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National debt could leave general election winners with ’empty war chest’ | Personal Finance | Finance

Whichever party wins the next election will have a “pretty empty war chest” to help deliver its manifesto pledges, an expert has said after the latest government borrowing figures were released. The stark warning comes as figures published on Tuesday (January 23) show Britain’s debt to GDP ratio still at levels not seen since the early 1960s.

Total net debt was £2.69trillion at the end of the year, which is around 97.7 percent of the size of the economy, or gross domestic product (GDP). That is way above the IMF’s debt sustainability threshold of 50-60 percent of a country’s debt to GDP ratio.

Laith Khalaf, Head of Investment Analysis at AJ Bell, told Express.co.uk there is a small chink of daylight opening up in the public sector finances this year, as borrowing came in £5bn lower than expected.

But he warned: “However, precisely how much headroom the chancellor (Jeremy Hunt) will have in the forthcoming Budget will depend largely on forecasts looking further out, which is where his fiscal targets come into play.

“Overall as things stand it looks like he’s going to have some money to play with, and in an election year that almost certainly spells tax cuts. Which taxes will be cut is the sixty four thousand dollar question.”

Mr Khalaf added: “This close to an election, anything is possible, though it seems more likely the chancellor will opt for tax cuts that can stimulate the economy.

“Paying down borrowing looks off the cards as successive chancellors have banked fiscal windfalls and then turned to debt markets when things go sour.

“With debt being run so close to the wire of fiscal targets, this means whoever wins the next election is going to have a pretty empty war chest to help deliver their manifesto.”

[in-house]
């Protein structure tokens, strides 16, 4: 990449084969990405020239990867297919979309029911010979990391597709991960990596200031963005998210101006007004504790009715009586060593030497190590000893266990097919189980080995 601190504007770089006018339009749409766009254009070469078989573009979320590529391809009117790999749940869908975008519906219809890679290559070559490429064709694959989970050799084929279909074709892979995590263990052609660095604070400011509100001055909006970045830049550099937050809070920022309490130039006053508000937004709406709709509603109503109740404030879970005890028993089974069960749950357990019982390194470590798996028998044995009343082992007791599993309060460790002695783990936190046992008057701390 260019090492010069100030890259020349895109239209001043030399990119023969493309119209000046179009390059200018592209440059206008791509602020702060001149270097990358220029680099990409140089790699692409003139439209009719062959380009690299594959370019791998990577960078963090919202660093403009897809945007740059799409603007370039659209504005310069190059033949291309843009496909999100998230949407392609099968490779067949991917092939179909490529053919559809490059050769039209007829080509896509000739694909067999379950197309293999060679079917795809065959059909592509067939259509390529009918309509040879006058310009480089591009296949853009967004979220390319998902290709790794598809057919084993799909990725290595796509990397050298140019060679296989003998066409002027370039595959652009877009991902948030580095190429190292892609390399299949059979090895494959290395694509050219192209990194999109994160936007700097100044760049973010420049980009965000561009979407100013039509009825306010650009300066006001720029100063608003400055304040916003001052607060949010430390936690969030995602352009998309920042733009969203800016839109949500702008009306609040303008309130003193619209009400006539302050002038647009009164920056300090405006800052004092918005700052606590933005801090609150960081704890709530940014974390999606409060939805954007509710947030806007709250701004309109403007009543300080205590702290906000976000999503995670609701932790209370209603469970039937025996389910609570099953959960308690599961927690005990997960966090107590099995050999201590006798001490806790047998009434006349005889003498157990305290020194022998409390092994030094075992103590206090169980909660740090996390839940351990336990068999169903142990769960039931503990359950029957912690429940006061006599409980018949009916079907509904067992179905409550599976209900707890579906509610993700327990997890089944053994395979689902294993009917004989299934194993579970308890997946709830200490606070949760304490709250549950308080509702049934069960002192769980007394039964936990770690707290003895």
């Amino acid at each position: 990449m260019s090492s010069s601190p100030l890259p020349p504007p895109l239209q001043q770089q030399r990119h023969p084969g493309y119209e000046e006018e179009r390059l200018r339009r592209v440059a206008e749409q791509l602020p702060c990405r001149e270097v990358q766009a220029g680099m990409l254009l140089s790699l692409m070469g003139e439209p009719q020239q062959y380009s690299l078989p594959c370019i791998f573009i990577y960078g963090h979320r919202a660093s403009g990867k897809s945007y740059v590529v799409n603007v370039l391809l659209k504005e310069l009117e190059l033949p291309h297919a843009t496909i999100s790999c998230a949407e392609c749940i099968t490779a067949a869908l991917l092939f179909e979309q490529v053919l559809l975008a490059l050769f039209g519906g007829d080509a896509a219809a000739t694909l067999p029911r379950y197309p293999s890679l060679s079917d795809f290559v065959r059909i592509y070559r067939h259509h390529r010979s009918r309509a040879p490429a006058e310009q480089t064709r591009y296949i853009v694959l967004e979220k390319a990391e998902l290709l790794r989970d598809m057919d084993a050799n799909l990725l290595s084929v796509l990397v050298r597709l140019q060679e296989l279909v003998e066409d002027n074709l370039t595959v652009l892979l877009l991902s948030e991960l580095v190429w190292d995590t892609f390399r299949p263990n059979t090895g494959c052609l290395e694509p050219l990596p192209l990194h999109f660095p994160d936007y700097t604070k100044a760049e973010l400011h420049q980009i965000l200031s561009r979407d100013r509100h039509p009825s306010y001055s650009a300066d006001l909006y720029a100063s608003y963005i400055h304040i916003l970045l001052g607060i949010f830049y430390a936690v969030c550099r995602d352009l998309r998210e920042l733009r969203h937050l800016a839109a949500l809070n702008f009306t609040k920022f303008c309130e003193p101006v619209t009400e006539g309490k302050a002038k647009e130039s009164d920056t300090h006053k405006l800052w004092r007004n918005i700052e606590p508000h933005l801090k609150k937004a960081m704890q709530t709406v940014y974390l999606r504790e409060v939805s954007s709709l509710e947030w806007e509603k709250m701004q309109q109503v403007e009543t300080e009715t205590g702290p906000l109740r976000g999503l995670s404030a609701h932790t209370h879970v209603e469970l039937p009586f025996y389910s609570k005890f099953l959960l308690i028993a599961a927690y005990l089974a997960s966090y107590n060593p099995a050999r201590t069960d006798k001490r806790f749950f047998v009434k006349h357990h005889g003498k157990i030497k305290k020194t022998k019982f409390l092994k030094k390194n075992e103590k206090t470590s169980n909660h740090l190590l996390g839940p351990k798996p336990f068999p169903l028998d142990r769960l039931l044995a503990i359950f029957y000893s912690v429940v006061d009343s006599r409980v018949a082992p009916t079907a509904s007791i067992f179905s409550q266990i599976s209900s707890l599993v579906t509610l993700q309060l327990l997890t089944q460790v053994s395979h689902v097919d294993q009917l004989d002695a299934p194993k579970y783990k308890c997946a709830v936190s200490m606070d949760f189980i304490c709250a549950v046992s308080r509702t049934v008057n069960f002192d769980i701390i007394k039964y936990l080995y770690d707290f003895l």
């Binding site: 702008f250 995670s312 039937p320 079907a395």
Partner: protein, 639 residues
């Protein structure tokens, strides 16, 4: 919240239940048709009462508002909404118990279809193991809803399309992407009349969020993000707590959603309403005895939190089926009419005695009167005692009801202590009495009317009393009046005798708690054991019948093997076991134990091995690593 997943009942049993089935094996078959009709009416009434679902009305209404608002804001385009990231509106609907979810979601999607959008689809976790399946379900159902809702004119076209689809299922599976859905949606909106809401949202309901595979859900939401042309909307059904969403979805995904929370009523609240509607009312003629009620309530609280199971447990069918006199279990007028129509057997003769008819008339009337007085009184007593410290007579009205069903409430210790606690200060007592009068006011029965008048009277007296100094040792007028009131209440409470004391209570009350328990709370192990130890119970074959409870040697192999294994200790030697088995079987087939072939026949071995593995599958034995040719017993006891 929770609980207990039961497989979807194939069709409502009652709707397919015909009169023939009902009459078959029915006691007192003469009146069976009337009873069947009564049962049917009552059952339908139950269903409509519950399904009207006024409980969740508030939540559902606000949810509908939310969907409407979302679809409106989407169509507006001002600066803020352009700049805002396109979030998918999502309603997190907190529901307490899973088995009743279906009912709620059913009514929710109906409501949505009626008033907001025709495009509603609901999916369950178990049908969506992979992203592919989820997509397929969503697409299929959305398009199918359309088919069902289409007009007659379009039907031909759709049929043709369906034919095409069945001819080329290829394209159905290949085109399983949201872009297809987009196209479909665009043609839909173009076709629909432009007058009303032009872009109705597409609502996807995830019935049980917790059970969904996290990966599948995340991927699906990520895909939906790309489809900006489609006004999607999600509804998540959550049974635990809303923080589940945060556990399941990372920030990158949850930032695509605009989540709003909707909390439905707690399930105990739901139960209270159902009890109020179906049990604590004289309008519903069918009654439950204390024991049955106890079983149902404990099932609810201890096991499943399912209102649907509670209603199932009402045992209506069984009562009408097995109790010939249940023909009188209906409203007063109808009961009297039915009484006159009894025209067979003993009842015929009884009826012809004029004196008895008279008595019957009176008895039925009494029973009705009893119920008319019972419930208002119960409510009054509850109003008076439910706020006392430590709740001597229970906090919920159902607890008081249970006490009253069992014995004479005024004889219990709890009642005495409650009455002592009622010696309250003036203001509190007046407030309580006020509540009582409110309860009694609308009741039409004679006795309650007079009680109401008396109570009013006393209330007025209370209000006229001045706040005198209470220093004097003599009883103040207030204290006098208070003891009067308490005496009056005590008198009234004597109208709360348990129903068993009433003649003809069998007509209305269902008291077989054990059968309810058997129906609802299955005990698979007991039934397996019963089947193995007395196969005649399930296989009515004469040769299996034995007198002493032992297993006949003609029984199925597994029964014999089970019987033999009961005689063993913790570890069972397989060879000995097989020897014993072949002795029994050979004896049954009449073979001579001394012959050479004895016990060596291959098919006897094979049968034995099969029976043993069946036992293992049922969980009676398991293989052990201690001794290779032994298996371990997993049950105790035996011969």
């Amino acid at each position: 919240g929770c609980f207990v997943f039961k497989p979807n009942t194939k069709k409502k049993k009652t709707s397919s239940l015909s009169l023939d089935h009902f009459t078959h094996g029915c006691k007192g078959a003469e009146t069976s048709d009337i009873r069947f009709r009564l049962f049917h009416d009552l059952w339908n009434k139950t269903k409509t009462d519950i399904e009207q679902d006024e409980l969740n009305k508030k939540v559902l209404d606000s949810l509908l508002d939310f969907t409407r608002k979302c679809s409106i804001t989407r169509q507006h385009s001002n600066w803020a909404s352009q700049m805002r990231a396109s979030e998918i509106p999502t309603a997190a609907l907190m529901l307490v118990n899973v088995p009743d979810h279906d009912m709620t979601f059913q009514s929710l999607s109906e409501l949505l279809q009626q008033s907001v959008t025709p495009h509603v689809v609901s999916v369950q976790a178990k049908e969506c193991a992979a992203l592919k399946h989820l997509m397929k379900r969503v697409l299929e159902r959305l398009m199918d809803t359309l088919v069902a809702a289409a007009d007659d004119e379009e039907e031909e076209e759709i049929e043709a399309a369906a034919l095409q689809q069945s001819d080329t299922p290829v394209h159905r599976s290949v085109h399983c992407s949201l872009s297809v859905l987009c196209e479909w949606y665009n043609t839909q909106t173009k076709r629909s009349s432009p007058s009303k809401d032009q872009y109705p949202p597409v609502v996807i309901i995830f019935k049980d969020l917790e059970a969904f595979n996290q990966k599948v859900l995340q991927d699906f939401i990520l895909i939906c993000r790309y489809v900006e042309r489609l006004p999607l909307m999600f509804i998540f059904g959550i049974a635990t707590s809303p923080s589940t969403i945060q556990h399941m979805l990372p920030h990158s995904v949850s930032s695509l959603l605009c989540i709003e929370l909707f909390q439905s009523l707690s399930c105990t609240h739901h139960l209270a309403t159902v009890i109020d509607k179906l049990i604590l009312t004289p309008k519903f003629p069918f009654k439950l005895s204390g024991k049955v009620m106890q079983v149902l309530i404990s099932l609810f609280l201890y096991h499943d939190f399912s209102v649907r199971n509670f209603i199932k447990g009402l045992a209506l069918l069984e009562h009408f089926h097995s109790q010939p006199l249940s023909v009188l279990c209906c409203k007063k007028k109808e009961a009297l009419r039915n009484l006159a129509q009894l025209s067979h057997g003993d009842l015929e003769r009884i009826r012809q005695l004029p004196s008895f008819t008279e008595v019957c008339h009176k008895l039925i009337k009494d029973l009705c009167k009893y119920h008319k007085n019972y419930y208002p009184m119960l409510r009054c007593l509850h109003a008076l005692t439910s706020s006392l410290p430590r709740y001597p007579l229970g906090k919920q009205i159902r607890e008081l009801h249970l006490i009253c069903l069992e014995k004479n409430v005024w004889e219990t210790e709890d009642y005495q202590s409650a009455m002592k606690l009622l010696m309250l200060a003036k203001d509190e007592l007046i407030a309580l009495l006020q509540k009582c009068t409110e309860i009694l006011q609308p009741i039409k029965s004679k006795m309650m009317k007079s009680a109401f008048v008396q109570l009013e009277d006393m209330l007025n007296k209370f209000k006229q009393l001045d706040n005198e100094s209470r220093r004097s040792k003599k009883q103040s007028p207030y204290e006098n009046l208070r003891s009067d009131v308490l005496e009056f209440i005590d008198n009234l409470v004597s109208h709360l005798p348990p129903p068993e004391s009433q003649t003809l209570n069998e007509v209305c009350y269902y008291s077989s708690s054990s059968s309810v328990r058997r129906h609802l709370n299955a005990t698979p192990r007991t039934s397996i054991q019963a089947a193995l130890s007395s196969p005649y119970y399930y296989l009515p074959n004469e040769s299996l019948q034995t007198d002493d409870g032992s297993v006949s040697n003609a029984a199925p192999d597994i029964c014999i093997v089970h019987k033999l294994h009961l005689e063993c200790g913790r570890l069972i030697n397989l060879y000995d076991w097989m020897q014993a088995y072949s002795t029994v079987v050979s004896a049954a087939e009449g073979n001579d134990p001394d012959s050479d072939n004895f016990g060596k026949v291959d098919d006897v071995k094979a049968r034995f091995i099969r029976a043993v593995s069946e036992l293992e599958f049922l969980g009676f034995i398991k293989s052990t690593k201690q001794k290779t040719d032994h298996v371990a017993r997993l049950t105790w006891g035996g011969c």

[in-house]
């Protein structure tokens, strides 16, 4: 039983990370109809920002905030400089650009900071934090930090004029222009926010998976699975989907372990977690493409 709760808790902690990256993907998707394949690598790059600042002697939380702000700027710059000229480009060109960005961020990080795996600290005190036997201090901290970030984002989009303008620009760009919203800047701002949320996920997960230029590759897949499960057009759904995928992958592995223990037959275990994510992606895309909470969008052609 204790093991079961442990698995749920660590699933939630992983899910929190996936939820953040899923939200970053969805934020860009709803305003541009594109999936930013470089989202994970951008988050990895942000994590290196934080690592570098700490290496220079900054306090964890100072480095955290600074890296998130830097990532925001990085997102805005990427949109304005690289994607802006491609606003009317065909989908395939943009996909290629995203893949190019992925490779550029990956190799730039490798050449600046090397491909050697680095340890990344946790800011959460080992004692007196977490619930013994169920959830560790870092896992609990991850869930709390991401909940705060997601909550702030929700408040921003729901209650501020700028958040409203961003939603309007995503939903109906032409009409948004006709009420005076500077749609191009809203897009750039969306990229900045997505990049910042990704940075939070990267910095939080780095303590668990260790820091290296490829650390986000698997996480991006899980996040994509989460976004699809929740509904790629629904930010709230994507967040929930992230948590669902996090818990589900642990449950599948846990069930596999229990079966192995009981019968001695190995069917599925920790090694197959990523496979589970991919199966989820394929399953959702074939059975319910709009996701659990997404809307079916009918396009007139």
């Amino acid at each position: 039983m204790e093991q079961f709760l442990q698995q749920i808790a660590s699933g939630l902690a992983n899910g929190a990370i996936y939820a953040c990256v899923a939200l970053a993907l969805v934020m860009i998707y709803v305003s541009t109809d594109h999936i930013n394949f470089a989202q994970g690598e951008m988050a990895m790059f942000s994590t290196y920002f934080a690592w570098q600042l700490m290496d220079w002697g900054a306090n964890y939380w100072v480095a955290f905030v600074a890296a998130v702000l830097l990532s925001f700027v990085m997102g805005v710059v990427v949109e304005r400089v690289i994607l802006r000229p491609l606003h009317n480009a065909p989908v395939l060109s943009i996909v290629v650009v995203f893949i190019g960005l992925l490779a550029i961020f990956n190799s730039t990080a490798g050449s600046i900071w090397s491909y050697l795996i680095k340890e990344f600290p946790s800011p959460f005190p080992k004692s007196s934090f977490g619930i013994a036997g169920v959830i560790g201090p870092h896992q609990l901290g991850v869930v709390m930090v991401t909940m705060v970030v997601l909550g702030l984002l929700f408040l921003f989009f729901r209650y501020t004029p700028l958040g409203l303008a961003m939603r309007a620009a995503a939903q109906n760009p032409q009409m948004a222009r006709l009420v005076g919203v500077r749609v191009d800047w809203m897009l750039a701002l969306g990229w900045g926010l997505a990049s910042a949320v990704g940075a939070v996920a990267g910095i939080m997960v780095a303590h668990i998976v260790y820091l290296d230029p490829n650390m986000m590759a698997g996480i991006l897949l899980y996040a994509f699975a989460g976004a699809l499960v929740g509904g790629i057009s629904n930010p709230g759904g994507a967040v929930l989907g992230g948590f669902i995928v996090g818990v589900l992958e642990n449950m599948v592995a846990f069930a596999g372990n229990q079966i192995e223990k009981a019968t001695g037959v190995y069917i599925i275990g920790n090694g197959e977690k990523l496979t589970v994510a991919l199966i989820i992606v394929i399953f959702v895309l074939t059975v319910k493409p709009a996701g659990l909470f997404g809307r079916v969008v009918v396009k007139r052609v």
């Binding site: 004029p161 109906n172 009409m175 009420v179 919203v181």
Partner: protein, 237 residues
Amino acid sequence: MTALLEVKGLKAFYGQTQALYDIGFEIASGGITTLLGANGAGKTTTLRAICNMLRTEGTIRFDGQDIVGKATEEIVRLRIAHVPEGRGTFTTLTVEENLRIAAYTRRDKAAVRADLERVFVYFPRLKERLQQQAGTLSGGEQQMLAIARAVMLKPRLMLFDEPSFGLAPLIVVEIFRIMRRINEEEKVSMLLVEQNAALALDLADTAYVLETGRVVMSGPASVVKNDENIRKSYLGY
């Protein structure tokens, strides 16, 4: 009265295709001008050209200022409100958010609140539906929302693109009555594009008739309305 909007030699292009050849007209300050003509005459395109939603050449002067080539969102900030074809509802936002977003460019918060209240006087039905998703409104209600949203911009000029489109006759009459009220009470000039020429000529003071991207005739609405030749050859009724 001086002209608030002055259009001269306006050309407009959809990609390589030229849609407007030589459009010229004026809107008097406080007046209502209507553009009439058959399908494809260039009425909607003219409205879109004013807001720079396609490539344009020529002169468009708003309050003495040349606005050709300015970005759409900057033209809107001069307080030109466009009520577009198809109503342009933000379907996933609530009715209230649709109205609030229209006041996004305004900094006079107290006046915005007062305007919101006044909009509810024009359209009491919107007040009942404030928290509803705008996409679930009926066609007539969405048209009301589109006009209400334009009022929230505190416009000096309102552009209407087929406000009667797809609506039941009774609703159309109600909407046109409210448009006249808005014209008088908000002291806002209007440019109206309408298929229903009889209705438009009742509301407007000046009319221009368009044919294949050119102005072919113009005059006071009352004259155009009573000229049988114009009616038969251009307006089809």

Professor Sambit Bhattacharyya, Head of the University of Sussex Business School’s Economics Department, told Express.co.uk the drop in Government borrowing was not a surprise.

He said: “UK government borrowing declined to £7.8billion. This is unsurprising as output continues to slow. Borrowing needs are lower for a smaller economy and hence smaller budget deficit.

“However, national debt continues to rise. The debt to GDP ratio increased by 1.9 percentage points, reaching 97.7 percent. This implies output slowdown is faster than the reduction in borrowing.”

Professor Bhattacharyya said the UK’s debt to GDP ratio is not benign, adding current UK figures significantly surpass the IMF’s 50-60 percent threshold.

He explained the high debt to GDP ratio will affect the cost of borrowing for the Government and thereby increase debt servicing costs. This in turn means less resources for the welfare state.

The interest the Government paid on loans was £4bn in December 2023, which is £14.1bn less than a year earlier. This was largely because inflation – as measured by the Retail Prices Index – dropped from its peak.

Public sector net borrowing hit £7.8bn during December, according to figures released by the Office for National Statistics on Tuesday (January 23).

That was £8.4bn less than a year earlier and the lowest in any December since 2019. Experts had expected it to reach £11.4bn.

Chief Secretary to the Treasury Laura Trott said in a statement issued in response to the figures: “Protecting millions of lives and livelihoods during Putin’s energy shock and a once-in-a-century pandemic has created economic challenges.”

She added: “However, it is right that we pay back these debts so future generations are not left to pick up the tab.

“Because of this Government’s decisive action, the economy is now beginning to turn a corner. Inflation has more than halved.

“Debt is on track to fall as a share of the economy. And we have been able to afford tax cuts for 27 million working people, and an £11billion tax cut to drive business investment.”

Samuel Tombs, Chief UK Economist at Pantheon Macroeconomics, said falls in gilt yields, being the interest the Government pays on some of its loans, and the expectation interest rates will fall open up more room for the Treasury.

He said: “In the budget on March 6, Hunt almost certainly will cut personal taxes in a bid to improve his party’s chances in the General Election.”

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